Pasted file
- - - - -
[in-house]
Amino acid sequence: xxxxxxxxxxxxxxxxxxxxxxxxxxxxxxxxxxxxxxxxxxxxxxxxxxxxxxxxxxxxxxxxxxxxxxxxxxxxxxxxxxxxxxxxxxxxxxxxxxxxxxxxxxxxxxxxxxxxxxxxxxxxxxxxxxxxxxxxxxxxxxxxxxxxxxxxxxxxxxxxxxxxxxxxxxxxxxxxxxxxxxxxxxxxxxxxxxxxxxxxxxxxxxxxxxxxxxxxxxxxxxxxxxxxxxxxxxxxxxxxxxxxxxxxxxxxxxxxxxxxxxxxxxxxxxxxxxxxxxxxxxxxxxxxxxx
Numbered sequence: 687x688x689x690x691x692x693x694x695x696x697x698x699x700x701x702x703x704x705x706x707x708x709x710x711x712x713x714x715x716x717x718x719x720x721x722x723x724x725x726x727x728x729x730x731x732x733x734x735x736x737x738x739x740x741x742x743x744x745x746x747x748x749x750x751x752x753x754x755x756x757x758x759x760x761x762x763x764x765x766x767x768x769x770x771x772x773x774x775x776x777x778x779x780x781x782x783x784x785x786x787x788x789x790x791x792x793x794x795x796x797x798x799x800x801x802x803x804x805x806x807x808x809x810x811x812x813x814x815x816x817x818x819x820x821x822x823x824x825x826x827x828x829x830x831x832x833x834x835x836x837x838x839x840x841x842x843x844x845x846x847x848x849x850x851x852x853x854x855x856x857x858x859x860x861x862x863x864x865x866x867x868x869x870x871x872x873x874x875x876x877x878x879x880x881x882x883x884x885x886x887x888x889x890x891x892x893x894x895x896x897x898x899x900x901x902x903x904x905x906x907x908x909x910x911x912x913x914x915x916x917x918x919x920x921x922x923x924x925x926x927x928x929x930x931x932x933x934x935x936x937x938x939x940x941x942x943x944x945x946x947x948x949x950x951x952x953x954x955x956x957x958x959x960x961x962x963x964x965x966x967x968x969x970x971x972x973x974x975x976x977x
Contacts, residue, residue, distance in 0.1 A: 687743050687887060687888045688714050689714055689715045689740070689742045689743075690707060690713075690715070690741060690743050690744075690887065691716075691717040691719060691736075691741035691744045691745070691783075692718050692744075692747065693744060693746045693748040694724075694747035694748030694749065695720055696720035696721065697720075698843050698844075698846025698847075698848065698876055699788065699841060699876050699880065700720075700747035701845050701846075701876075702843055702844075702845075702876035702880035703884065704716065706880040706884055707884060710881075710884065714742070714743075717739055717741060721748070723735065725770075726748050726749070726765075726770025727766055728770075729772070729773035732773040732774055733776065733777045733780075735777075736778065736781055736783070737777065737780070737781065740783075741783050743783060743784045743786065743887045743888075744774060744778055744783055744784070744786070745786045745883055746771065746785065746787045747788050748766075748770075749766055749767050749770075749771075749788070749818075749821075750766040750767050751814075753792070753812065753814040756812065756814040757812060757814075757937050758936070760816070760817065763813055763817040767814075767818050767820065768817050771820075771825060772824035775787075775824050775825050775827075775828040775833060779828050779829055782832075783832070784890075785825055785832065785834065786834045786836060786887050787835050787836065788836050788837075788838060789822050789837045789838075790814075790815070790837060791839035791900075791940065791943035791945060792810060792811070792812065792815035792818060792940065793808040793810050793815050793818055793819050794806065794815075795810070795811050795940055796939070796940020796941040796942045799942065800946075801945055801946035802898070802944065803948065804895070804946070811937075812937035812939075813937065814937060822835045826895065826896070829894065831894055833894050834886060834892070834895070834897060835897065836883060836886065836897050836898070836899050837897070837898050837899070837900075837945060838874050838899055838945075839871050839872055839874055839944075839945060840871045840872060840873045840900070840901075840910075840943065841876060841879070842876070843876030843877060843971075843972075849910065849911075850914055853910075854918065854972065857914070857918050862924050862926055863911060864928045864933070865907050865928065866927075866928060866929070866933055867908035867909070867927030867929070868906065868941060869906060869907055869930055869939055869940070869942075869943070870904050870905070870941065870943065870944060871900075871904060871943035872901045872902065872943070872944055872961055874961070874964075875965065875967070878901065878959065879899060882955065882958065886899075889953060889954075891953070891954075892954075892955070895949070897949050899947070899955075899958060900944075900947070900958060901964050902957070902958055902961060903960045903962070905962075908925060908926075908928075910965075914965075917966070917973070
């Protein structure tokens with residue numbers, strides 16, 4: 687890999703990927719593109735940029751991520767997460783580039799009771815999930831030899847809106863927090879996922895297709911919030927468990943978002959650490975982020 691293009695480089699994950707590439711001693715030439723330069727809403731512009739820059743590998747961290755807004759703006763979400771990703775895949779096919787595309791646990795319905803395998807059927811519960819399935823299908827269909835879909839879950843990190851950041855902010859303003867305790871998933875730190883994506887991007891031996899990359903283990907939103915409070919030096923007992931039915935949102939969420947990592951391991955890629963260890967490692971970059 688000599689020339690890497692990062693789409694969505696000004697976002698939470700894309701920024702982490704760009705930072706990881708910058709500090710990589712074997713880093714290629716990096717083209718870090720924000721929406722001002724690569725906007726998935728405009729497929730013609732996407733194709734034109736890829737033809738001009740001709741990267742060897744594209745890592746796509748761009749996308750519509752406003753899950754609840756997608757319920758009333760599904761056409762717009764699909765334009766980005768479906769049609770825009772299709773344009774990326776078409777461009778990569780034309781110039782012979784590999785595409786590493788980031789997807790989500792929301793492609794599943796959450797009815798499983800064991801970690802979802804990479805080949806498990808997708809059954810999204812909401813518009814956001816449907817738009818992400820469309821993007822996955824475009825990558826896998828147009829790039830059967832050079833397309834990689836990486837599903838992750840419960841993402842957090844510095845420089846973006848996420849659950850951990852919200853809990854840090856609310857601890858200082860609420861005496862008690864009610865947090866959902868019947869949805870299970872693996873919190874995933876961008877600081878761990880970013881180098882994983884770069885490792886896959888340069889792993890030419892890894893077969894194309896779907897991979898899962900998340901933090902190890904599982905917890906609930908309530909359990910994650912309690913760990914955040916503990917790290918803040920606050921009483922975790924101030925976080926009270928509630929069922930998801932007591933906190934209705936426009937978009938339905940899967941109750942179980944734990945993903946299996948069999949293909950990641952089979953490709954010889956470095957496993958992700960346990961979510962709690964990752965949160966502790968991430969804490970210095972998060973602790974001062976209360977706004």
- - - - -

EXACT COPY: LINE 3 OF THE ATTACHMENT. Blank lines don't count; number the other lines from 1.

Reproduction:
Numbered sequence: 687x688x689x690x691x692x693x694x695x696x697x698x699x700x701x702x703x704x705x706x707x708x709x710x711x712x713x714x715x716x717x718x719x720x721x722x723x724x725x726x727x728x729x730x731x732x733x734x735x736x737x738x739x740x741x742x743x744x745x746x747x748x749x750x751x752x753x754x755x756x757x758x759x760x761x762x763x764x765x766x767x768x769x770x771x772x773x774x775x776x777x778x779x780x781x782x783x784x785x786x787x788x789x790x791x792x793x794x795x796x797x798x799x800x801x802x803x804x805x806x807x808x809x810x811x812x813x814x815x816x817x818x819x820x821x822x823x824x825x826x827x828x829x830x831x832x833x834x835x836x837x838x839x840x841x842x843x844x845x846x847x848x849x850x851x852x853x854x855x856x857x858x859x860x861x862x863x864x865x866x867x868x869x870x871x872x873x874x875x876x877x878x879x880x881x882x883x884x885x886x887x888x889x890x891x892x893x894x895x896x897x898x899x900x901x902x903x904x905x906x907x908x909x910x911x912x913x914x915x916x917x918x919x920x921x922x923x924x925x926x927x928x929x930x931x932x933x934x935x936x937x938x939x940x941x942x943x944x945x946x947x948x949x950x951x952x953x954x955x956x957x958x959x960x961x962x963x964x965x966x967x968x969x970x971x972x973x974x975x976x977x